After two decades spent working as a cancer and HIV/AIDS researcher at the Dana-Farber Cancer Institute and Harvard Medical School and another 12 years heading a biotech company, I started a foundation in 2007 to identify and write about best practices in global health care, and then to find people who wanted to apply these practices and help them to do so. Little did I know then that an improbable story in delivering excellent patient care was beginning to unfold in my own backyard.
At the time, New York University’s medical center was in trouble. Its quality of patient care ranked 60th among 90 academic medical centers in the U.S.; its medical school and medical research standards were mediocre, and declining. The faculty and staff had been in continual turmoil, if not rebellion, for a decade. As financial losses mounted, university trustees worried about the finances of the entire university.
Unlike many New Yorkers, I wasn’t aware of the troubles at NYU’s medical center. I didn’t learn about them until 2013, well into its spectacular turnaround, when I was helping NYU develop several innovation programs in Shanghai.
Curious about what had happened, I reached out to Dr. Robert I. Grossman, the former chair of radiology who was tapped in 2007 to lead what is today known as NYU Langone Health, and asked if I could study his organization as an arms-length researcher with long experience in medical education, medical science, and biotech companies. I thought it would be a good lens through which to see the broader potential for improving what we get for our money in the U.S. health care system.
As part of this research, I interviewed more than 30 key executives, deans, clinicians, and trustees, as well as many patients during a time when I was treated successfully for cancer at NYU Langone. Neither NYU nor NYU Langone compensated me in any way for this work, and the analyses and conclusions detailed in my book, “World Class,” are my own.
The U.S. pays twice as much for health care than other industrialized nations, yet our outcomes are mediocre, and falling. In a recent Bloomberg analysis, the U.S. ranked 35th among more than 160 nations, five notches below Cuba. How can we improve this dismal standing? Delivering high-quality care at every turn is the essential first step.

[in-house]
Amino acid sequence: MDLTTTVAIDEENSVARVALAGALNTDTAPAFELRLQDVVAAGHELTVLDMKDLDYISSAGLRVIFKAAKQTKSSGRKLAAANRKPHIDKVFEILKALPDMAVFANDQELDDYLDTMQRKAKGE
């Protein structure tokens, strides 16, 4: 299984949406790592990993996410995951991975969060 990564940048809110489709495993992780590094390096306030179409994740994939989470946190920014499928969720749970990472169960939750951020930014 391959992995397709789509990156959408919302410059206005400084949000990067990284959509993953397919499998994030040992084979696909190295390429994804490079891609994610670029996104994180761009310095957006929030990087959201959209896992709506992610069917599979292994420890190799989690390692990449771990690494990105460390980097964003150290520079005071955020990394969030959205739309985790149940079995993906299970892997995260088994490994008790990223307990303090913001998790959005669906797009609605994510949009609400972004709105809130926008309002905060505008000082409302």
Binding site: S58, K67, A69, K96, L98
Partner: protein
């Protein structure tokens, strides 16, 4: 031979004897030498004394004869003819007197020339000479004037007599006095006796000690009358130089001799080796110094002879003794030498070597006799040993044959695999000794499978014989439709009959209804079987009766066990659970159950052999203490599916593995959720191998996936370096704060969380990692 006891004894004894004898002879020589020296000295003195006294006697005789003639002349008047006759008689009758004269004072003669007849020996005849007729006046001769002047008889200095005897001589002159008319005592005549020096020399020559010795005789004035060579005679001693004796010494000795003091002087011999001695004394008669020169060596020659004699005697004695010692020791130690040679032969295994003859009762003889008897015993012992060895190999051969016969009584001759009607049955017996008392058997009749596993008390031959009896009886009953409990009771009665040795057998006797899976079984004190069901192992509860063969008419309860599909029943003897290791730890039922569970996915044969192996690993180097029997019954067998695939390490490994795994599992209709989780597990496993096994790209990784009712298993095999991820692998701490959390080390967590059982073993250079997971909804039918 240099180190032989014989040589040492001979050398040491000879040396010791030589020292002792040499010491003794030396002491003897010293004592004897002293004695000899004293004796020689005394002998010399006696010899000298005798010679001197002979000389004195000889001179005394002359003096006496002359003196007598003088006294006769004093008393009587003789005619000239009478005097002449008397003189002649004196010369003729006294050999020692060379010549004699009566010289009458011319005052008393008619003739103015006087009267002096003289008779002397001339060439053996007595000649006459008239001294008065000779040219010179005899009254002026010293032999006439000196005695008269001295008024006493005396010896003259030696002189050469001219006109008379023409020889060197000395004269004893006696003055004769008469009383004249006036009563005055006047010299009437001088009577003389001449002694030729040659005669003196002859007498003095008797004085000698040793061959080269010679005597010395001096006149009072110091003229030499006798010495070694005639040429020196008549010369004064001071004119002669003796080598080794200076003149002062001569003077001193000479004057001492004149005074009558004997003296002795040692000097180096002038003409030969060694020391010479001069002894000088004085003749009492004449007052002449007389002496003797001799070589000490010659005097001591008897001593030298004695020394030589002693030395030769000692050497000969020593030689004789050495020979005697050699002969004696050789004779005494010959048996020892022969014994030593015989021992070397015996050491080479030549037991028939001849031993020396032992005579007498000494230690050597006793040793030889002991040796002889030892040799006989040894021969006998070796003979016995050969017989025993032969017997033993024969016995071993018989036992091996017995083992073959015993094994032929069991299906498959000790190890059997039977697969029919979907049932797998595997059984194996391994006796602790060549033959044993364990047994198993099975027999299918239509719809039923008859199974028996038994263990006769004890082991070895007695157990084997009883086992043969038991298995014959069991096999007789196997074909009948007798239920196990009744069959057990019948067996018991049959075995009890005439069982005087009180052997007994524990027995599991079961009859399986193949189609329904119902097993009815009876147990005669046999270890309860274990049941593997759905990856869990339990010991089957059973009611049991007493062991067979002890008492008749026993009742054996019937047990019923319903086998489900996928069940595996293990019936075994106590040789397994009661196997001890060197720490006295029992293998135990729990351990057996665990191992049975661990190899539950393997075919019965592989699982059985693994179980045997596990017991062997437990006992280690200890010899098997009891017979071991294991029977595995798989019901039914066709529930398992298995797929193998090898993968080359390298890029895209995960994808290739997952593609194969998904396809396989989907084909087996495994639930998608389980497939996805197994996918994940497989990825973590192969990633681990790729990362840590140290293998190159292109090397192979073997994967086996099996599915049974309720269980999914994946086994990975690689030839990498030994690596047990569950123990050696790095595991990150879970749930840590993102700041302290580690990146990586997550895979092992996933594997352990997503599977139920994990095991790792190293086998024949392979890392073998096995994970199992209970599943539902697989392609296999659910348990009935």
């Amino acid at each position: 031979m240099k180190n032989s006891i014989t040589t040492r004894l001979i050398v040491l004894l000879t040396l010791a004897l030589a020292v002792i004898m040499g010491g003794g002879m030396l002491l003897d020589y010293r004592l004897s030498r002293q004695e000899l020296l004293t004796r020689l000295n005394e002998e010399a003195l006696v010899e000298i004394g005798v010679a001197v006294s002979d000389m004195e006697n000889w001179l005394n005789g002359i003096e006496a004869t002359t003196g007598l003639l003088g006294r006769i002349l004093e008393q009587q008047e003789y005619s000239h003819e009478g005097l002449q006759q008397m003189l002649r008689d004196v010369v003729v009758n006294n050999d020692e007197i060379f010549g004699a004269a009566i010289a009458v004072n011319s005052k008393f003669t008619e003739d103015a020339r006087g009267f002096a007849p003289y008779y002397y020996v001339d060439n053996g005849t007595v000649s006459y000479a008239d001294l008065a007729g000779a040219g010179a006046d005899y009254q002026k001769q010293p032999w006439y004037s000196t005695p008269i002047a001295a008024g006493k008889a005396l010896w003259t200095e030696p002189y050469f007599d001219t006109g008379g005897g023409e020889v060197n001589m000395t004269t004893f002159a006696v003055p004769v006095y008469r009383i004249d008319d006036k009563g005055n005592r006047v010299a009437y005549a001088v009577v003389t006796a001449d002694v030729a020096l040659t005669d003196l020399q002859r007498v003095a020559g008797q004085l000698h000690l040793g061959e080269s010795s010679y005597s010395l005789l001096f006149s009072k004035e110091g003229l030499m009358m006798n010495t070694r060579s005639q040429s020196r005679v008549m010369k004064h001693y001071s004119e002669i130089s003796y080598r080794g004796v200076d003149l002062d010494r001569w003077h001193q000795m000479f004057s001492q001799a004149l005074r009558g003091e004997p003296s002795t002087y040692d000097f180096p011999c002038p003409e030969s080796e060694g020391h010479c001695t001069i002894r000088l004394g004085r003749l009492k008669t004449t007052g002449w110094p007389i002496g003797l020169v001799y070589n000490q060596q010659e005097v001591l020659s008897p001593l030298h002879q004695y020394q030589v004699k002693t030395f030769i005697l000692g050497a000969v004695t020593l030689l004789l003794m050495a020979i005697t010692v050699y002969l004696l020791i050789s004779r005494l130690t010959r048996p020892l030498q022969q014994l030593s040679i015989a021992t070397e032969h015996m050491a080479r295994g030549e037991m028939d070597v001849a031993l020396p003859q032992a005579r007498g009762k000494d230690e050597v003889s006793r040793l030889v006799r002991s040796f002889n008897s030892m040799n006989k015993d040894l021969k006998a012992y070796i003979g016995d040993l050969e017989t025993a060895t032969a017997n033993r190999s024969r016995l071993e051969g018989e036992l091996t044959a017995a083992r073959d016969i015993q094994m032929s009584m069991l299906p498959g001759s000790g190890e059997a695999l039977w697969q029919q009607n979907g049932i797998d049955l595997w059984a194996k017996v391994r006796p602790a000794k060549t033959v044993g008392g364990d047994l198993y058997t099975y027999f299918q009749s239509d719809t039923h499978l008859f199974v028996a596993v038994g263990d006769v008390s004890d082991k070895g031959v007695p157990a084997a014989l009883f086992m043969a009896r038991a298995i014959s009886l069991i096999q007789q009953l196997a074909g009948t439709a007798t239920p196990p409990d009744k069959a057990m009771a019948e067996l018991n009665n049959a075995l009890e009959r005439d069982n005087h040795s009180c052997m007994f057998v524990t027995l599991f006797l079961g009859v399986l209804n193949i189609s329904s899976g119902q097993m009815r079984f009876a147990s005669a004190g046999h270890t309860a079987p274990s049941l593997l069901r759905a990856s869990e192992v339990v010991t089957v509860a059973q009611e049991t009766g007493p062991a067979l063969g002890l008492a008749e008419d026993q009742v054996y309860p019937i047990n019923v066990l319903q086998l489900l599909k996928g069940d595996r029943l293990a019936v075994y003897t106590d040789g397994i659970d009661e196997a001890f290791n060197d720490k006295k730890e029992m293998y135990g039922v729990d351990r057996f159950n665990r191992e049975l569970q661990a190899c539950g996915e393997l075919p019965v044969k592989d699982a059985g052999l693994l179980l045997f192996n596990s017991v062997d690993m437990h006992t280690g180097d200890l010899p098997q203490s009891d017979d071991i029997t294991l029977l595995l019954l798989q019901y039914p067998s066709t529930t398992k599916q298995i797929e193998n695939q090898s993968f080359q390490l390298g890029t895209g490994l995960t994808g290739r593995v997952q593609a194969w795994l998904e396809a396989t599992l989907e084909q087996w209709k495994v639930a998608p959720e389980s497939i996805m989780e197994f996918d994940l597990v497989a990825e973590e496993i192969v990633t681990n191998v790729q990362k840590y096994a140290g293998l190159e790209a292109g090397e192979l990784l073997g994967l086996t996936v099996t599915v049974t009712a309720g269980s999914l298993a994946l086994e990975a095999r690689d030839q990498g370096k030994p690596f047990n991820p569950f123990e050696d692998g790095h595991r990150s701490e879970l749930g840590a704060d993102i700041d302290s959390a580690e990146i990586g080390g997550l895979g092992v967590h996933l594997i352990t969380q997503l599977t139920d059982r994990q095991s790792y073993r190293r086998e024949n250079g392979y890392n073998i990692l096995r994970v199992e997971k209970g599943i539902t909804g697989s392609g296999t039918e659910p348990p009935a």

Many policymakers and health care administrators in the U.S. do not recognize the bonus of emphasizing high-quality patient care: Quality reduces costs. Outside of the health care sphere, successful senior executives have made quality their guide for years. Get it right the first time. Avoid costly do-overs and customer complaints. Measure progress. Hold people accountable. And so on. This rigor is a big part of how Apple, Toyota, Starbucks, and other leading brands built their reputations.
When an institution is not doing well, people become complacent. When they see leaders who want great results, people get on board. They come out of the woodwork to help you, especially in the medical field.
Grossman started like this: He asserted in his inaugural speech that NYU Langone should not be satisfied simply to recover from crisis. Why not be the best, he proposed, and compete with “the Hopkinses, Harvards, and Penns”? To get there, he said, every decision taken at every level must answer one question: Will this improve patient care? Nursing schedules. Executive and dean appointments. Emergency department staffing. Elevator maintenance. Ambulance routes. Lighting. Everything. Will this improve patient care?
With that question as a North Star, Grossman and his colleagues sparked a revival. NYU Langone today ranks among the most efficient U.S. medical centers in delivering high-quality care to its patients. It is in the upper tier in quality of patient care, medical education, and medical research.
Its transformation of Lutheran Medical Center, a struggling 450-bed safety net hospital in Brooklyn’s Sunset Park neighborhood, offers insights for how the systems that NYU Langone applied in Manhattan for a dozen years can benefit hundreds of mainstream health care institutions across the U.S.
Lutheran Medical Center was established more than a hundred years ago. The neighborhood it serves has more people enrolled in Medicaid than any other ZIP code in New York state. The hospital’s survival has long depended on government support. (That’s a far cry from the many higher-income, well-insured patients seen at the main NYU Langone hospital across the East River in Manhattan.) Brooklyn has long been an important market for NYU. For example, approximately half of the babies born at NYU Langone’s Tisch Hospital go home to Brooklyn.
When NYU Langone took over management of Lutheran Medical Center in 2015, the hospital was confronting the same challenges that faced many safety net hospitals: uneven staffing resulting in inefficient care, limited resources for improving quality and providing special services, and an aging facility. But it offered NYU Langone an opportunity to expand its care systems across Brooklyn and its 2.6 million residents.
When the NYU Langone team arrived with its passion and playbooks, it went to work using the same question at the heart of its revival of the Manhattan medical center: Will this improve patient care?
The team looked at how each function in the hospital affected patient care. It started at the top and kept the staff largely unchanged.
Internal measures of patient service and quality of care now match and, sometimes exceed, the ultra-high scores at NYU Langone in Manhattan. Lutheran Medical Center, now called NYU Langone Hospital—Brooklyn, breaks even financially.